You mention that you cut the previous entry pages out of your navigation, but they're still ranking. Are they still getting the traffic you'd hoped the app pages would get?

 

And do they still serve some purpose? If not, maybe you could delete them, 301 their URLs to the app pages, or move the app pages to their former URL and 301 the app page URLs to the URLs of the former entry pages. If they do serve some purpose, maybe you could combine their content with that of the app pages.



#9 chrishirst

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Posted 31 January 2014 - 12:32 PM

Set yourself a "Random user test"

 

go to Google (or Yahoo!)

 

Type [site:www.yoursite.tld] followed by two or three words that you expect your site URLs to show for into the search box, eg;

www.domain.tld golf hockey football

On the results page click through to any result. You have seven seconds to decide which looks the most likely and the least spammy.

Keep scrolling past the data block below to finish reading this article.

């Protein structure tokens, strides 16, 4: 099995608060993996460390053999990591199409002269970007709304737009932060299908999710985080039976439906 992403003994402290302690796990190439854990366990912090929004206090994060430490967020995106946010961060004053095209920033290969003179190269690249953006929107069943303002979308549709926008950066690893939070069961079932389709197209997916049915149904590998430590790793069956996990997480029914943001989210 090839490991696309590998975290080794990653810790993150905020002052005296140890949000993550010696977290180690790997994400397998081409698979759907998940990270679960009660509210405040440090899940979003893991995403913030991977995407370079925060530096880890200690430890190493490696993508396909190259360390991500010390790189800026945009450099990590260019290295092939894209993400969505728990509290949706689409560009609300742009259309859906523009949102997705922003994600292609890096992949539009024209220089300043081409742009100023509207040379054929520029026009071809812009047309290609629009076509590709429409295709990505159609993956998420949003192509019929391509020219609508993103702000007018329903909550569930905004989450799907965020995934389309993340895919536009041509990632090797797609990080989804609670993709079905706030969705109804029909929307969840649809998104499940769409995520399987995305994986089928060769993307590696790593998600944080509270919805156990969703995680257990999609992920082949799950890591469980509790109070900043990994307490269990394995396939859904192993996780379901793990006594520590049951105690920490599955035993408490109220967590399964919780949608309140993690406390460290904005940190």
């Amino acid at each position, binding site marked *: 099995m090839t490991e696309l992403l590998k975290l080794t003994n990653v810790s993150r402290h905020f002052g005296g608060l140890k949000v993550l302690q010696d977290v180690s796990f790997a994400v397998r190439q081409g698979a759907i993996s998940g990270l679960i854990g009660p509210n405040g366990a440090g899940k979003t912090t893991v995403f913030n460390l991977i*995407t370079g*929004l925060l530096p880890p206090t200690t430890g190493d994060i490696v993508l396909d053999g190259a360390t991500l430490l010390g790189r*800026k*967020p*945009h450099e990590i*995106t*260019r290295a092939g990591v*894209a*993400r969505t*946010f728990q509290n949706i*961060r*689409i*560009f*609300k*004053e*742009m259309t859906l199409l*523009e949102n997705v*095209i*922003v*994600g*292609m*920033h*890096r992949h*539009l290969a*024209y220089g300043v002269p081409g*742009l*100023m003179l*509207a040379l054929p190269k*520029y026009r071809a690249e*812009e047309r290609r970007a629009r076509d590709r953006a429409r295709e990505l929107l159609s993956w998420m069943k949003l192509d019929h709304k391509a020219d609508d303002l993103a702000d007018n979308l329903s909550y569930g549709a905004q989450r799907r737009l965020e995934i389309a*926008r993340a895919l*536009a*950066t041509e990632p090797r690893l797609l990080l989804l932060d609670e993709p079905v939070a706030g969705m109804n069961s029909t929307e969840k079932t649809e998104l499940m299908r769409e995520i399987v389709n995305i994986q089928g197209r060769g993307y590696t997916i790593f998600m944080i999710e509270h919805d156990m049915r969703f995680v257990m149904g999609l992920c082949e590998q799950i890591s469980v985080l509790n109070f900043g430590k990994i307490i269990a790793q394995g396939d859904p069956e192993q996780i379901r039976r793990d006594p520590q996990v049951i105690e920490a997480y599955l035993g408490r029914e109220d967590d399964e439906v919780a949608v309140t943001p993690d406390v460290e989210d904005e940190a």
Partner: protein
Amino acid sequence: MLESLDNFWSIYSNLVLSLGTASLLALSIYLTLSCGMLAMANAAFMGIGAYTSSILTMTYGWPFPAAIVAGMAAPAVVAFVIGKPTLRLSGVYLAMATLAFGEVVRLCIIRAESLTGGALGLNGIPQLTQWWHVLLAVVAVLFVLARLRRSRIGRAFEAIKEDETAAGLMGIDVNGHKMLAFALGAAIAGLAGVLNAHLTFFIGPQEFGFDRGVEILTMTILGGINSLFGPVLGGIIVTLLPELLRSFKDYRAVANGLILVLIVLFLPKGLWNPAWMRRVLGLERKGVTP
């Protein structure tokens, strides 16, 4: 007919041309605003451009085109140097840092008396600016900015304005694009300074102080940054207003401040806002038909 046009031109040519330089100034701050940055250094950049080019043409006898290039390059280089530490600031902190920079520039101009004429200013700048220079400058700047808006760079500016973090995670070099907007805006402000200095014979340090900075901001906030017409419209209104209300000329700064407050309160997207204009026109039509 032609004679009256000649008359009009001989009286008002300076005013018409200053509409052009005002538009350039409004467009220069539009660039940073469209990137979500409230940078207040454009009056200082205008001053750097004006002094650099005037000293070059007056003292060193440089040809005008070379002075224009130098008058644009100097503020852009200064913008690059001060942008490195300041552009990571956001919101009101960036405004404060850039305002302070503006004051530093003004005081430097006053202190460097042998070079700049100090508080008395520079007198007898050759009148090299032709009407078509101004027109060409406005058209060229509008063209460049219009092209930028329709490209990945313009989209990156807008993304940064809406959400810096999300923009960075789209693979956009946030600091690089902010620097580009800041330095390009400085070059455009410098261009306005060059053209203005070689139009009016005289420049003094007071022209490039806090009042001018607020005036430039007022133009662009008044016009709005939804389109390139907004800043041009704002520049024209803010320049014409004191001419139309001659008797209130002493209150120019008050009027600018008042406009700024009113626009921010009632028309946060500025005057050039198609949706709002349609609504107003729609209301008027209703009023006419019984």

When you get to your site page, you then have seven seconds to decide what to do next.

 

If you can't decide what you want you to do next, your optimising has failed because other people won't know either.



#10 pinch

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Posted 31 January 2014 - 01:04 PM

You mention that you cut the previous entry pages out of your navigation, but they're still ranking. Are they still getting the traffic you'd hoped the app pages would get?

 

And do they still serve some purpose? If not, maybe you could delete them, 301 their URLs to the app pages, or move the app pages to their former URL and 301 the app page URLs to the URLs of the former entry pages. If they do serve some purpose, maybe you could combine their content with that of the app pages.

 

Thanks qwerty, those are good suggestions.